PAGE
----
Gatwick oil discovery: Claims up to 100 billion barrels of oil met with substantial scepticism

The 100 billion barrel estimate is so much higher than the 20 million estimate the company announced for the same licence area last October

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The Independent Online

It was an announcement that sent shares soaring – conjuring up visions of a “new Dallas” of oil barons and billionaires in the countryside around Gatwick Airport.

But claims that the site in the Weald Basin on the Surrey-Sussex border could contain up to 100 billion barrels of oil met with substantial scepticism – as experts warned that much more research was required before talk of a new oil rush in the Home Counties could be taken seriously.

Shares in UK Oil & Gas (UKOG), the company at the centre of the potential oil bonanza, more than quadrupled at one point on 9 April after its chief executive Stephen Sanderson said he had “discovered a possible world- class potential resource”.

Mr Sanderson estimated that it could be commercially and practically viable to extract as many as 15 billion barrels of the oil thought to be contained in the 55 square-mile area of the Weald Basin. That is a third of the total amount extracted from the North Sea in its four-decade history. The company also held out the prospect of creating “many thousands of jobs” to service the new industry.

Mr Sanderson stressed that these were only precautionary estimates which “should not be considered as either contingent or prospective resources or reserves” – meaning that the area may never yield a single drop. But this standard caveat did not stop a share price surge that would have delighted UKOG executives, as investors bought into the dream of a Texas-style oil boom in the heart of the South-east.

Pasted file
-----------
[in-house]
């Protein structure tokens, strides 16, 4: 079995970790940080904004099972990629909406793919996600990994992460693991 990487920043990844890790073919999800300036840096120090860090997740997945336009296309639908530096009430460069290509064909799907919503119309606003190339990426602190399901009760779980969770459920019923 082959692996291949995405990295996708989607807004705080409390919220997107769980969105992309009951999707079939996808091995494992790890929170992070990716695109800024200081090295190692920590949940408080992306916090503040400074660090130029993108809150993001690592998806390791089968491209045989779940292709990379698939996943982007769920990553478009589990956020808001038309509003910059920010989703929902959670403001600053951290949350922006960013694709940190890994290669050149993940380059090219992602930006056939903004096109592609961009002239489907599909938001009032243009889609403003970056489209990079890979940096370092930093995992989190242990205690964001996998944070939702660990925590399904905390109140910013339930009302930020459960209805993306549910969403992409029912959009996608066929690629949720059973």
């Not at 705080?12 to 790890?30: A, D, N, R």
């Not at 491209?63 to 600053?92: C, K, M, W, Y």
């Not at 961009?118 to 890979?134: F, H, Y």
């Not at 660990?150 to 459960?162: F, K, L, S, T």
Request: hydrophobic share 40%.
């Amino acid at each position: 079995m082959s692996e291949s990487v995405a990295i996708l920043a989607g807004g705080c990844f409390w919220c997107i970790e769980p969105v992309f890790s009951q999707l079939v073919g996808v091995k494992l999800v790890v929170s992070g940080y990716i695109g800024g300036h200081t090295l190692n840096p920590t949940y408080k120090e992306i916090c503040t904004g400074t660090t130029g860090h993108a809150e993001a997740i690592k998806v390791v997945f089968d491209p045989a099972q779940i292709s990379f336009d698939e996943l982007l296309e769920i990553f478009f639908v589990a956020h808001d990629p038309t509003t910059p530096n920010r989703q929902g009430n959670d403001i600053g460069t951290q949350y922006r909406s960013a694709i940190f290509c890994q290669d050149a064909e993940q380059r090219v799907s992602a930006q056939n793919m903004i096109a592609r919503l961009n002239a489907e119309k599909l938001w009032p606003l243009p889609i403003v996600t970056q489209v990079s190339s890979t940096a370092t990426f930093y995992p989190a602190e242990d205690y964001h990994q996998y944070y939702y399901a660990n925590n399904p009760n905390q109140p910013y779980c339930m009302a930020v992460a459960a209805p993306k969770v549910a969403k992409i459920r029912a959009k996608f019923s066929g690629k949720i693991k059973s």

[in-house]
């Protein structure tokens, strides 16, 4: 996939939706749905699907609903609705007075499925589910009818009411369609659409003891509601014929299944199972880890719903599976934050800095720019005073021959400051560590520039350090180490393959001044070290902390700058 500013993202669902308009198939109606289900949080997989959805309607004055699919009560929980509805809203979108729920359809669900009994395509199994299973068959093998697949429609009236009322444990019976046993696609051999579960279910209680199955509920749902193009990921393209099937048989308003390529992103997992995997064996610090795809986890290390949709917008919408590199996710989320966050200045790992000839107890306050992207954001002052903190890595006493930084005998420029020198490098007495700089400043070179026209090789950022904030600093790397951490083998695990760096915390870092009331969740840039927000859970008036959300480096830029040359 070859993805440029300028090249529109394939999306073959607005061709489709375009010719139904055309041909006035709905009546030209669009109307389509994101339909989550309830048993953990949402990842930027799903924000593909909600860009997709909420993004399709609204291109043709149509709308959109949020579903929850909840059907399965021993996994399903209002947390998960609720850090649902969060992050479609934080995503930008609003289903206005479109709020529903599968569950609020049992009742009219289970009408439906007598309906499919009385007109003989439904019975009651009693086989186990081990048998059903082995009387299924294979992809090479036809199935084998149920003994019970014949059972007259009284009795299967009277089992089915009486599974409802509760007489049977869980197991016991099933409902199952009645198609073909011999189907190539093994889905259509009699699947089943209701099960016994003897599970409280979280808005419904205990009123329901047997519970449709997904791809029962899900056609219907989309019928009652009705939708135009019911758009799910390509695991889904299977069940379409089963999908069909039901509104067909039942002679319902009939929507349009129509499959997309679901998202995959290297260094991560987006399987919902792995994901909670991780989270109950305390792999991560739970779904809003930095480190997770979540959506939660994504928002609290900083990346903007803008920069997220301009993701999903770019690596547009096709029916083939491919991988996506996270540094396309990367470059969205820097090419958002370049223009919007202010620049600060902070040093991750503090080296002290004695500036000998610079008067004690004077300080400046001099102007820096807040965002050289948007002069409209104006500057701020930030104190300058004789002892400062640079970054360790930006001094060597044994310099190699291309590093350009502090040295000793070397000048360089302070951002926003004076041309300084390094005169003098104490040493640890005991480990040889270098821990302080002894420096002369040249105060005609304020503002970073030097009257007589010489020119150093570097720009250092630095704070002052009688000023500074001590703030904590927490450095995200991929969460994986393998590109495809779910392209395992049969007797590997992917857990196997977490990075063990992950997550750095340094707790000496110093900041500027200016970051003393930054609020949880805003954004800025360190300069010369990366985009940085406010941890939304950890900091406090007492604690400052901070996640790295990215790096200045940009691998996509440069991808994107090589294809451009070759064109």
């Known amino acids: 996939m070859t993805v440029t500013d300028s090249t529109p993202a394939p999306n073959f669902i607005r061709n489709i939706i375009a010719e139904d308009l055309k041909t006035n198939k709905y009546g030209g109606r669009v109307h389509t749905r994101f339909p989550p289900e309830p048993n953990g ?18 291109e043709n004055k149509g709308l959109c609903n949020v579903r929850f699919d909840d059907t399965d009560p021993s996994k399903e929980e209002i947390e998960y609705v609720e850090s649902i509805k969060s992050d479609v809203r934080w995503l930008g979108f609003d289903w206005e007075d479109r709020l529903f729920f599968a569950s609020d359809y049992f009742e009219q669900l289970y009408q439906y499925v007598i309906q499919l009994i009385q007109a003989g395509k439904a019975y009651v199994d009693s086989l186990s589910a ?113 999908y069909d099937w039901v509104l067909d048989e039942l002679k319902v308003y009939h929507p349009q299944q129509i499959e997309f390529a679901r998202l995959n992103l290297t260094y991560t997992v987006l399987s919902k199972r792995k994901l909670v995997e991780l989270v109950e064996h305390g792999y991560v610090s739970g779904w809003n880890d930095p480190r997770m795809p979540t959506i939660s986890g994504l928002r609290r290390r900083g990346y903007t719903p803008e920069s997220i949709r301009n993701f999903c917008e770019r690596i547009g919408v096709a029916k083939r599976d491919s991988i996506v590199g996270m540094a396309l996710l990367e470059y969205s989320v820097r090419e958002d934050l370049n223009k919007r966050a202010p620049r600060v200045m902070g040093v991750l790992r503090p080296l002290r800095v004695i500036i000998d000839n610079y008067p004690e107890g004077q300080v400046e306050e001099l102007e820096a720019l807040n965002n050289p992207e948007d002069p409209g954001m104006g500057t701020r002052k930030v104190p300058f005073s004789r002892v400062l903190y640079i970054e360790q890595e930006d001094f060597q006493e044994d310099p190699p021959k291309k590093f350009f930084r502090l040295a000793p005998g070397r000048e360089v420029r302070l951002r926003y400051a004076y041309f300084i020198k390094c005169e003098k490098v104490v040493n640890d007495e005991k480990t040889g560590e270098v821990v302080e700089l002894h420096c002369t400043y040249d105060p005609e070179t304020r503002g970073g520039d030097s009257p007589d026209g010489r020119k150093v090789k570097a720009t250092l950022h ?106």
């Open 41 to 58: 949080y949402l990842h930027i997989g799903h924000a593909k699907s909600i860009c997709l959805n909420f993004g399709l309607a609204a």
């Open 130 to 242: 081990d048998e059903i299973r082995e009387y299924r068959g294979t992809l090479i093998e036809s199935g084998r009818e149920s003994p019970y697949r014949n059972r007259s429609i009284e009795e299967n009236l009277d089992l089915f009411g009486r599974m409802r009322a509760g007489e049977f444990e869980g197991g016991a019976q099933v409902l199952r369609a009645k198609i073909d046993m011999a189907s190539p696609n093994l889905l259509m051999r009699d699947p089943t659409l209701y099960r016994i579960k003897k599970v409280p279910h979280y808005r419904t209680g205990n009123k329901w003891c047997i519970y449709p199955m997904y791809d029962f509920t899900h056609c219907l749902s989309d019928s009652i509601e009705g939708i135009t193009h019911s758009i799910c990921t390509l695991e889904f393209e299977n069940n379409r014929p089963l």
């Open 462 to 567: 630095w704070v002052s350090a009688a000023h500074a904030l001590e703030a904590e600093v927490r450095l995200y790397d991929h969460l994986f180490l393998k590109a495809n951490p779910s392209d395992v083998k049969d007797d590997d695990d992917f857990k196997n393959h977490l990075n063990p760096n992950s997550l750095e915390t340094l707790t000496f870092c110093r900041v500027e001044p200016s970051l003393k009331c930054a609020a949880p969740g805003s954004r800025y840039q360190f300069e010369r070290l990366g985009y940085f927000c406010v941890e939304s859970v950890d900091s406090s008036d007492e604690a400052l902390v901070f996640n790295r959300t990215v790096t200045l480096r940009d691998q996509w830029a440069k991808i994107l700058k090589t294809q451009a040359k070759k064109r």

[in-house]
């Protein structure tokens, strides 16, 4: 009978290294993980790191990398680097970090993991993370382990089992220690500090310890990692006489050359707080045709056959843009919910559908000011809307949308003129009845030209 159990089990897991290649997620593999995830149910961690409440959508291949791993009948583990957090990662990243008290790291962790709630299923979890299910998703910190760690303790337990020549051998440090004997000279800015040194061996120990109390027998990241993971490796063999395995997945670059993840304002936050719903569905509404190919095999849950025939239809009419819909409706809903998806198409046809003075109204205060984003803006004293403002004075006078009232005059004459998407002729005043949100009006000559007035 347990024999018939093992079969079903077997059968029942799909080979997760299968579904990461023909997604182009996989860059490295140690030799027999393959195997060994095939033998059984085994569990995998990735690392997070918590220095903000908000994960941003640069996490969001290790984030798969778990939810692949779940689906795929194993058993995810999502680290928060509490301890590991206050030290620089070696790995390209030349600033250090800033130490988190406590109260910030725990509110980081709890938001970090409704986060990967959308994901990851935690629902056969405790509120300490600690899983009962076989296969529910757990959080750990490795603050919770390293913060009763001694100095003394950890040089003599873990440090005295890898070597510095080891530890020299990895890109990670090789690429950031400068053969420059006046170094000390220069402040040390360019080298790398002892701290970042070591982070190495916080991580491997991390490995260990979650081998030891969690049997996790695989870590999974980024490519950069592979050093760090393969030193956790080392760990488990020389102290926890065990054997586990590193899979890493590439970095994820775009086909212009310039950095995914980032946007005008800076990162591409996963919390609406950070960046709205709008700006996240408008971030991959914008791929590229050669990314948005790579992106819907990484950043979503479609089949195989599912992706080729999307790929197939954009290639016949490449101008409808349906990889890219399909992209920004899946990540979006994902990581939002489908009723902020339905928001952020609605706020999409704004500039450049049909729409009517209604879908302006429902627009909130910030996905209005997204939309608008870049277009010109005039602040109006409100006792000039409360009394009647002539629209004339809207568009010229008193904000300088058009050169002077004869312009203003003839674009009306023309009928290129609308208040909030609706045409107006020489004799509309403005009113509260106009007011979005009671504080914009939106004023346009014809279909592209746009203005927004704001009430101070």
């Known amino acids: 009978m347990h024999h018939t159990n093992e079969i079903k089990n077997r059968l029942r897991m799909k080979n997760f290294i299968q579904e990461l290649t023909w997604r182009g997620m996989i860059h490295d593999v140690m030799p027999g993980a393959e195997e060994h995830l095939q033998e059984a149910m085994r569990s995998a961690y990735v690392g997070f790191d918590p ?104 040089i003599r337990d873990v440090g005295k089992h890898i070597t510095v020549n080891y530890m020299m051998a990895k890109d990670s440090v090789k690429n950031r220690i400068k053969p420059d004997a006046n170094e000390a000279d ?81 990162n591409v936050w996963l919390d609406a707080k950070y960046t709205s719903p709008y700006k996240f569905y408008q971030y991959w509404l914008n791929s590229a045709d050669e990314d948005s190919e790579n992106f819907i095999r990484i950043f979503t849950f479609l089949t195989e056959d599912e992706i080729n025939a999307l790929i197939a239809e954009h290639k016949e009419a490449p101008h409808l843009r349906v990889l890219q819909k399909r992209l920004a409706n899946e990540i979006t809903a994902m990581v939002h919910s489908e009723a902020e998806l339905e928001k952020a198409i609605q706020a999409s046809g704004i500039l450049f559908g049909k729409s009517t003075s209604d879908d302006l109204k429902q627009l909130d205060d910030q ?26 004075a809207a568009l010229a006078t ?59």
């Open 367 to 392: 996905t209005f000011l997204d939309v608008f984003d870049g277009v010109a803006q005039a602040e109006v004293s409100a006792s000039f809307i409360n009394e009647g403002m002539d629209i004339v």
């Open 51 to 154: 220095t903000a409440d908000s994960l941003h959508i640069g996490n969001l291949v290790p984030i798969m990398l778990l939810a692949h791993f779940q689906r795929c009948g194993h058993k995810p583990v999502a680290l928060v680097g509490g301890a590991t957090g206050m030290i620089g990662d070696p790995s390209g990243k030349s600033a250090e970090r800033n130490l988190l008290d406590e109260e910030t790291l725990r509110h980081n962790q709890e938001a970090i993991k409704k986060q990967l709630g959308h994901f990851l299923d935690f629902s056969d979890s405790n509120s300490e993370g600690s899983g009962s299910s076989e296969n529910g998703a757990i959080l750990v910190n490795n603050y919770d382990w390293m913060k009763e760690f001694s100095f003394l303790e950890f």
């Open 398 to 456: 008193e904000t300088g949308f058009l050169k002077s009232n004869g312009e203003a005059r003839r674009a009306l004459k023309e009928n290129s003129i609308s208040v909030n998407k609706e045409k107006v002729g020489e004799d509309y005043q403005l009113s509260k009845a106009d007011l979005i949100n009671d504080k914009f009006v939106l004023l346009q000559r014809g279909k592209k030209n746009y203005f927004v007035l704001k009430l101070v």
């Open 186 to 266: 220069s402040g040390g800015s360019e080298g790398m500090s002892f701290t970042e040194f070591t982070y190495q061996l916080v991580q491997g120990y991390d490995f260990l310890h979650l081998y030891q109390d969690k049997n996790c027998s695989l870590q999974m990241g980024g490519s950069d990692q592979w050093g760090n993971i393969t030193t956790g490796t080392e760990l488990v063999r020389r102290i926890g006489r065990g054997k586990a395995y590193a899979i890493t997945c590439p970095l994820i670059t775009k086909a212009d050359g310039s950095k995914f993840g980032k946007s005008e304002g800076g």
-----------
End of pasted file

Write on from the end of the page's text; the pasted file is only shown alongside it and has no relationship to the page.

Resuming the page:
However, geological experts warned that the figures should be treated with more than a pinch of salt – especially since the 100 billion barrel estimate is so much higher than the 20 million estimate the company announced for the same licence area last October.

Mr Sanderson said the latest result was based on data taken from a much deeper test well and new technology and analysis techniques.

The latest prediction about the scale of the potential in the area also dwarfs an estimate made by the British Geological Survey last May that the entire 3,500 square-mile Weald Basin – taking in Kent, Sussex and Hampshire and including UKOG’s “Horse Hill” licence – only contains as much as  8.5 billion barrels of oil.

“These figures should be treated with caution. They may be perfectly accurate but no one will know for 20 to 30 years,” said Professor Richard Selley, of Imperial College London, who was one of the academics to peer-review the British Geological Survey’s assessment of the Weald Basin.

He added that the figures nonetheless justified further testing in the licence area.

Dr Doug Parr, chief scientist of Greenpeace UK, said: “Energy analysts are right to take these claims with a pinch of salt. The Horse Hill site estimates are based on findings from only one well and contradict the UK’s leading geological experts.”

An exploratory well-head at Horse Hill at a site in Surrey (Reuters)